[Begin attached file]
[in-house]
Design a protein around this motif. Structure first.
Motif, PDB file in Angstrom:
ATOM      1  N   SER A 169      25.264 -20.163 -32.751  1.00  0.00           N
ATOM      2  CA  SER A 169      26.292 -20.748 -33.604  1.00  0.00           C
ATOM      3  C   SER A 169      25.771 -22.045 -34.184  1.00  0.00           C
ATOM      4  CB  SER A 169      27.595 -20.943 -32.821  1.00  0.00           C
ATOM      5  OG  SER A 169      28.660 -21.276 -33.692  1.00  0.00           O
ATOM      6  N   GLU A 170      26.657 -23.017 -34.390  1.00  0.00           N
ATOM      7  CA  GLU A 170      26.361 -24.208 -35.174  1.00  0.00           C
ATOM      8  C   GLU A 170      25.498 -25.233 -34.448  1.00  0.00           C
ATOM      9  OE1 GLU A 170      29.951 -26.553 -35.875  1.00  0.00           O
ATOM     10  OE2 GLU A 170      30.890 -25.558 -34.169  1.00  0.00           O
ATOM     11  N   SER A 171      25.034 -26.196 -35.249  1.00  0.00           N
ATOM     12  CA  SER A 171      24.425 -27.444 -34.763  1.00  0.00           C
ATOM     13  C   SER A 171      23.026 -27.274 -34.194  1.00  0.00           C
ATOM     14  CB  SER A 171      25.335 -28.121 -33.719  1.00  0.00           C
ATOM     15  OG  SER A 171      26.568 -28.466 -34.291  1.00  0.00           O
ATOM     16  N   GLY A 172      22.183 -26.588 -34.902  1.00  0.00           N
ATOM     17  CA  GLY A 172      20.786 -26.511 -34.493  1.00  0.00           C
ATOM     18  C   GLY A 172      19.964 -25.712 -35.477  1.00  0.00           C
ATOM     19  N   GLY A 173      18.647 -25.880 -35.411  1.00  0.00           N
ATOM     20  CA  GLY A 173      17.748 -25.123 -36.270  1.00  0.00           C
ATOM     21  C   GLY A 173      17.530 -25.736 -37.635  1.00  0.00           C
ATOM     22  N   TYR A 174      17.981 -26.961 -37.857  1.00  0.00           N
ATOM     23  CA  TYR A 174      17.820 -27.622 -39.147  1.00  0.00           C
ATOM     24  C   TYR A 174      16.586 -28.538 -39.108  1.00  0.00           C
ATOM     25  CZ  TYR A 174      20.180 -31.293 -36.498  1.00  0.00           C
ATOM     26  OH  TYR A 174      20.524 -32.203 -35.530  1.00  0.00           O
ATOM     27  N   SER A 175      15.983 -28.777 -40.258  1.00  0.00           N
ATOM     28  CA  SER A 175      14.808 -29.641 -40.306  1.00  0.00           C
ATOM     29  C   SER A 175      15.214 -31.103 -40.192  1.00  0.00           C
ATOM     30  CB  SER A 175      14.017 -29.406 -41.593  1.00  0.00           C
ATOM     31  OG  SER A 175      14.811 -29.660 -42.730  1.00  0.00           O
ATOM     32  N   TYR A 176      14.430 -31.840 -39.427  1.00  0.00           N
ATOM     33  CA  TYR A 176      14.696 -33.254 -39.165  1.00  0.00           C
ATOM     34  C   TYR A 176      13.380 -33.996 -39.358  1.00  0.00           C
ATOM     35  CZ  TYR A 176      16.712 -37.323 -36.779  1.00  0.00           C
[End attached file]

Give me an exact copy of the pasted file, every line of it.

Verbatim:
[in-house]
Design a protein around this motif. Structure first.
Motif, PDB file in Angstrom:
ATOM      1  N   SER A 169      25.264 -20.163 -32.751  1.00  0.00           N
ATOM      2  CA  SER A 169      26.292 -20.748 -33.604  1.00  0.00           C
ATOM      3  C   SER A 169      25.771 -22.045 -34.184  1.00  0.00           C
ATOM      4  CB  SER A 169      27.595 -20.943 -32.821  1.00  0.00           C
ATOM      5  OG  SER A 169      28.660 -21.276 -33.692  1.00  0.00           O
ATOM      6  N   GLU A 170      26.657 -23.017 -34.390  1.00  0.00           N
ATOM      7  CA  GLU A 170      26.361 -24.208 -35.174  1.00  0.00           C
ATOM      8  C   GLU A 170      25.498 -25.233 -34.448  1.00  0.00           C
ATOM      9  OE1 GLU A 170      29.951 -26.553 -35.875  1.00  0.00           O
ATOM     10  OE2 GLU A 170      30.890 -25.558 -34.169  1.00  0.00           O
ATOM     11  N   SER A 171      25.034 -26.196 -35.249  1.00  0.00           N
ATOM     12  CA  SER A 171      24.425 -27.444 -34.763  1.00  0.00           C
ATOM     13  C   SER A 171      23.026 -27.274 -34.194  1.00  0.00           C
ATOM     14  CB  SER A 171      25.335 -28.121 -33.719  1.00  0.00           C
ATOM     15  OG  SER A 171      26.568 -28.466 -34.291  1.00  0.00           O
ATOM     16  N   GLY A 172      22.183 -26.588 -34.902  1.00  0.00           N
ATOM     17  CA  GLY A 172      20.786 -26.511 -34.493  1.00  0.00           C
ATOM     18  C   GLY A 172      19.964 -25.712 -35.477  1.00  0.00           C
ATOM     19  N   GLY A 173      18.647 -25.880 -35.411  1.00  0.00           N
ATOM     20  CA  GLY A 173      17.748 -25.123 -36.270  1.00  0.00           C
ATOM     21  C   GLY A 173      17.530 -25.736 -37.635  1.00  0.00           C
ATOM     22  N   TYR A 174      17.981 -26.961 -37.857  1.00  0.00           N
ATOM     23  CA  TYR A 174      17.820 -27.622 -39.147  1.00  0.00           C
ATOM     24  C   TYR A 174      16.586 -28.538 -39.108  1.00  0.00           C
ATOM     25  CZ  TYR A 174      20.180 -31.293 -36.498  1.00  0.00           C
ATOM     26  OH  TYR A 174      20.524 -32.203 -35.530  1.00  0.00           O
ATOM     27  N   SER A 175      15.983 -28.777 -40.258  1.00  0.00           N
ATOM     28  CA  SER A 175      14.808 -29.641 -40.306  1.00  0.00           C
ATOM     29  C   SER A 175      15.214 -31.103 -40.192  1.00  0.00           C
ATOM     30  CB  SER A 175      14.017 -29.406 -41.593  1.00  0.00           C
ATOM     31  OG  SER A 175      14.811 -29.660 -42.730  1.00  0.00           O
ATOM     32  N   TYR A 176      14.430 -31.840 -39.427  1.00  0.00           N
ATOM     33  CA  TYR A 176      14.696 -33.254 -39.165  1.00  0.00           C
ATOM     34  C   TYR A 176      13.380 -33.996 -39.358  1.00  0.00           C
ATOM     35  CZ  TYR A 176      16.712 -37.323 -36.779  1.00  0.00           C